Why this Veteran thinks no one should care if OnNDP’s Laura Kaminker wears a Poppy.

      “In Flanders Fields
In Flanders fields the poppies blow
Between the crosses, row on row,
That mark our place; and in the sky
The larks, still bravely singing, fly
Scarce heard amid the guns below.
We are the dead, short days ago
We lived, felt dawn, saw sunset glow,
Loved and were loved, and now we lie
In Flanders fields.
Take up our quarrel with the foe:
To you from failing hands we throw
The torch; be yours to hold it high.
If ye break faith with us who die
We shall not sleep, though poppies grow
In Flanders fields.

Lt. Col. John McCrae


William Ray

Much has been made of  American born Ontario NDP Candidate Laura Kaminker’s old blog entry opining about the wearing of Poppy’s by Canadians,

“When our masters give the signal, everyone can take off the fake poppy — made with prison labour — and create a bit more landfill. And another annual ritual of war glorification comes to a close.”

Written by Laura Kaminker in 2014 on a blog she started after abandoning her country of birth because it invaded Iraq.

I am a combat Veteran of the Canadian Forces. Like my father before me who fought WW2. As a member of the 2PPCLI Battle Group in Croatia I helped win the Secretary General of the United Nations Citation and the Governor General of Canada’s Commendation for halting ethnic cleansing in the Medak Pocket, Croatia.  An ancestor of mine named Maj. General Sir Sam Steele actually led the first Canadian forces to leave for Europe in 1914 in those famous 13 ocean liners. I will not defend her opinions but I will absolutely defend her right to voice them, to the death in fact.

I don’t offer this as hyperbole, that was pretty much the oath I took and upheld under fire. I absolutely understand the sense of outrage but I would ask that if your thinking of letting this sway your vote that you consider the following. The women and the men who died in this country’s wars were motivated by neither blind jingoism nor by a desire for conquest. They were motivated by a desire for a better world. A world where the rights of individuals prevailed. They sacrificed for their communities and in the hope their children would have better lives. None of them were motivated by the hope that for a few days a year people would add a plastic flower to their lapels.

The only real and meaningful act of remembrance we can offer to those who have given their lives for Canada is to continually and ceaselessly strive to make the actual goals of their sacrifice reality. We must continue to relentlessly work toward a society where all enjoy absolutely equal access to its wealth and opportunity. A society where no-one is condemned to poverty and despair. Those have always been the goals of the New Democratic Party.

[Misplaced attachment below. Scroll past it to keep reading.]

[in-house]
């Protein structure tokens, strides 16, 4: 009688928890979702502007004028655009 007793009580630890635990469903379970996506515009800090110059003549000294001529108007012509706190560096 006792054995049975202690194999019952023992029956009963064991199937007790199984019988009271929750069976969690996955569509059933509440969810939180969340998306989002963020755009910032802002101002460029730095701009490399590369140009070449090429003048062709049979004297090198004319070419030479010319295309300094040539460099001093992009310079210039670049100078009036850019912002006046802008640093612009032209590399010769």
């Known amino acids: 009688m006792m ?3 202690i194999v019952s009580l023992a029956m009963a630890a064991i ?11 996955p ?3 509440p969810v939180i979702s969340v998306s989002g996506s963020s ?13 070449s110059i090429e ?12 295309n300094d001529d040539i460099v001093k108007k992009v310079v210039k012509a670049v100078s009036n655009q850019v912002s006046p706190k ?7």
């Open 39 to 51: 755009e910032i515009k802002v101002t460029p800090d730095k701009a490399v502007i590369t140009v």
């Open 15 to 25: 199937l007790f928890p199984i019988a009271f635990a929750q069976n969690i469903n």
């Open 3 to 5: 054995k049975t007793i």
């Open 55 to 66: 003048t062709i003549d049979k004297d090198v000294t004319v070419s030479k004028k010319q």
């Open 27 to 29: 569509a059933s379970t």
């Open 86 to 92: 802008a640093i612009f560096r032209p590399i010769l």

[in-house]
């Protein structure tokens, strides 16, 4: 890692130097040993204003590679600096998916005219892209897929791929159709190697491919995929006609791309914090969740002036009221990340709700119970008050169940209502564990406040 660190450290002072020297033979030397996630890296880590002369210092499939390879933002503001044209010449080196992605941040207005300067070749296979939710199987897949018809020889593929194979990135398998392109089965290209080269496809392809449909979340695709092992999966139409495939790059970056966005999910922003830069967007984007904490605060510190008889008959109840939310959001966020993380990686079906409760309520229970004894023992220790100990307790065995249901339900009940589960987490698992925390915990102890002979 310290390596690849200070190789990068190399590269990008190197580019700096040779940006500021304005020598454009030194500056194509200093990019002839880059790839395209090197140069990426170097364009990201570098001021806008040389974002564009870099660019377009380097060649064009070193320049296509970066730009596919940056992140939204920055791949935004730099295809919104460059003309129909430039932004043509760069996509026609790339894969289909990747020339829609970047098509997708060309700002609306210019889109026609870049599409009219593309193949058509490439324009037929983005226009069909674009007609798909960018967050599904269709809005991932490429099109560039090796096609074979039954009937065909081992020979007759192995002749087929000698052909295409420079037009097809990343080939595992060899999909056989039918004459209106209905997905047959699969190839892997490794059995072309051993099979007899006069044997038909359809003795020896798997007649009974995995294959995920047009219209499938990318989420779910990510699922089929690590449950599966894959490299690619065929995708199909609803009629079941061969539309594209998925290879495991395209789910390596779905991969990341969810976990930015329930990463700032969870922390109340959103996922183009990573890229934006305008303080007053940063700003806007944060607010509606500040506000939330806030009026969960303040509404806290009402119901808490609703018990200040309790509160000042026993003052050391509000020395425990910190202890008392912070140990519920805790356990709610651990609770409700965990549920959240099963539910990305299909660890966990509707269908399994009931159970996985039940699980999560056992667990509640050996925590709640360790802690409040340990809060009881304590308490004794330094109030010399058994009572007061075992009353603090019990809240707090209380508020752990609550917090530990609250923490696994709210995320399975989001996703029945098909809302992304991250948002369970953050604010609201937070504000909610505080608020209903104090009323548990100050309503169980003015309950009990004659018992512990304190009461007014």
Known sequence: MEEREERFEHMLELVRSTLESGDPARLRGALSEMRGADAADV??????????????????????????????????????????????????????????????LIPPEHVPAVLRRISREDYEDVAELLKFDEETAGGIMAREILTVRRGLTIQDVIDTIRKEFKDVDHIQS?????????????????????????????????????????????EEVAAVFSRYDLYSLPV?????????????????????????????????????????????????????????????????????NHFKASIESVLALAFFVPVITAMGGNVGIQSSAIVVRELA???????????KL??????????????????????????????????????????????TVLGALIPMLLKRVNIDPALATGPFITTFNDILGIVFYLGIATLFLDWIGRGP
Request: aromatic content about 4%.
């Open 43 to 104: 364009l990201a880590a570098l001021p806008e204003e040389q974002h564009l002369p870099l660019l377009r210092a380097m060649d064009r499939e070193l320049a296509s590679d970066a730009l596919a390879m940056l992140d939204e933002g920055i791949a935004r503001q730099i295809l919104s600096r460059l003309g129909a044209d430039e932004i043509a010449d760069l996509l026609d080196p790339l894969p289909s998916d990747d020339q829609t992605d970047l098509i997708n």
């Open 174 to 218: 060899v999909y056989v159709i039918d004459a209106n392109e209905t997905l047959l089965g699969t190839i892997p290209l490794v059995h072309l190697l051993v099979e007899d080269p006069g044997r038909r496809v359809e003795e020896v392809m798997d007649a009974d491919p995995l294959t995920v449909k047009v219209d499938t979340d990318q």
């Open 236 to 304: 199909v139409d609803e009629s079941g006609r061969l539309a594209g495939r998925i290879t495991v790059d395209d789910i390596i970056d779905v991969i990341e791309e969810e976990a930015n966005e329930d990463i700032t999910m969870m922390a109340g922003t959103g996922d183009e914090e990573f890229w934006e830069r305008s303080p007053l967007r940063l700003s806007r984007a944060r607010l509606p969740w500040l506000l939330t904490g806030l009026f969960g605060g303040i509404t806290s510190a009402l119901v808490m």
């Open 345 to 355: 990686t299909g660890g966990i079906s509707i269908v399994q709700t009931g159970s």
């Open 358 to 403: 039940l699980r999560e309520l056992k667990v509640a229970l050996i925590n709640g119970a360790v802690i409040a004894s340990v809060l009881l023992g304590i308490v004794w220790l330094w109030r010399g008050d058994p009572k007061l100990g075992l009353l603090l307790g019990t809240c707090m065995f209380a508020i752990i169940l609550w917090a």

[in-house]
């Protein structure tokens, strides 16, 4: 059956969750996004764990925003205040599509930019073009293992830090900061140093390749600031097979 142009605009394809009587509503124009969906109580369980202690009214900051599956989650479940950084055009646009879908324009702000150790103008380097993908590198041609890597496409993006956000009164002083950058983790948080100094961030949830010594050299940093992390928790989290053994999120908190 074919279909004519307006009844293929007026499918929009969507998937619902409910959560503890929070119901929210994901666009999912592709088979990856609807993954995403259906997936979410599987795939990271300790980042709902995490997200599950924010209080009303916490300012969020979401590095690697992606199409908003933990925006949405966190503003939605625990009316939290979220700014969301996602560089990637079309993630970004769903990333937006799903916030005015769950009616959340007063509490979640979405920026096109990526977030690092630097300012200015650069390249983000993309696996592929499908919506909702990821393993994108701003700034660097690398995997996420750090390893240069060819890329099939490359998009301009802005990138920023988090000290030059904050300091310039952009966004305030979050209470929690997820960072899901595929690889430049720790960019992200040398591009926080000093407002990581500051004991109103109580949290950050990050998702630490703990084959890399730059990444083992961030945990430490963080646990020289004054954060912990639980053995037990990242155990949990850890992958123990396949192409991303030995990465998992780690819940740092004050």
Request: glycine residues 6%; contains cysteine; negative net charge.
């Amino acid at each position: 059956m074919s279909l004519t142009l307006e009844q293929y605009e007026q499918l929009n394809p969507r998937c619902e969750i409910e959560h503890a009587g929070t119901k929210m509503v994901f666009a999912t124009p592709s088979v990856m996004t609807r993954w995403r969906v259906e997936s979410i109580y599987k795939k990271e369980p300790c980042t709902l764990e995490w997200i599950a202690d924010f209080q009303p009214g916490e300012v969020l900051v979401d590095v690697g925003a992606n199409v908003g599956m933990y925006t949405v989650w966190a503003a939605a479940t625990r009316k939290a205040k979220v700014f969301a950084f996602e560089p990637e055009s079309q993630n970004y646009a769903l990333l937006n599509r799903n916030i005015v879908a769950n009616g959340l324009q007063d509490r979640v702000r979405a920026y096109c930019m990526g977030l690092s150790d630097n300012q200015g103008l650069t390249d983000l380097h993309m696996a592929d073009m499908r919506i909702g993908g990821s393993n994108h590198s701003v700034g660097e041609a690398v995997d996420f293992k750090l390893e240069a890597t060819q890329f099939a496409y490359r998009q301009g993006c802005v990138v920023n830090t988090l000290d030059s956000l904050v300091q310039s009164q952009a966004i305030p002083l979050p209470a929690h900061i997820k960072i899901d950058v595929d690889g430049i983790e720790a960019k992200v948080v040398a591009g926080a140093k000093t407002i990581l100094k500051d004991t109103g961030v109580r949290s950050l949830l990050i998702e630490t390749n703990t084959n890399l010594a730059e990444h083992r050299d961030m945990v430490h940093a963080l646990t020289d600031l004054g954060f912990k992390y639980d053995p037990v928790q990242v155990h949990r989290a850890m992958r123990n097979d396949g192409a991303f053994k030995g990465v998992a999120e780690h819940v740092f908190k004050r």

I would return briefly to Ms Kaminker and her opinions. She has the absolute right to reject the Poppy. She has the absolute right to complain about the Army’s inclusion in sporting events. That right was sanctified in blood. She did not offer this opinion as a candidate of the NDP, nor does it reflect the policies of the OnNDP.

I will end by saying that what Ms Kaminker really needs isn’t vilification but education. Somewhere in researching for her citizenship test she missed the fact that our Armed Forces do not represent a world spanning empire, that we do not sally them forth to dominate other countries for our corporations. We do not as citizens share the mindless jingoism of her imperial birthplace. When our citizens stand on cold November days in front of cenotaphs across this vast nation they do not do so to celebrate our dominance in war, but to recommit our nation to peace. When our schoolchildren recite John McCrae’s famous line to “take up our quarrel with the foe,” they are not being motivated to stand against the German empire but to take up the quarrel with the horror of war itself. That is why thousands of us have proudly worn Canada’s flag and blue berets in every corner of the world in an imperfect attempt to take up the “torch” of human advancement from our fore-bearers “failing hands” and “hold it high” as a light for all humanity to see. As citizens we can feed its light by ensuring our society is a beacon of tolerance and justice. To ever strive to make this nation proof to all that peoples of different races, religions, ethnicity and backgrounds can live together in peaceful community. So I defend  absolutely and without reserve her right to wear her peace symbol and would offer that by running for and supporting the policies of the NDP she is, in her own way, committing to the only real act of remembrance there is.

2 thoughts on “Why this Veteran thinks no one should care if OnNDP’s Laura Kaminker wears a Poppy.

Add yours

  1. Excellent article. I find her position repugnant but I wholeheartedly defend her right to hold it.


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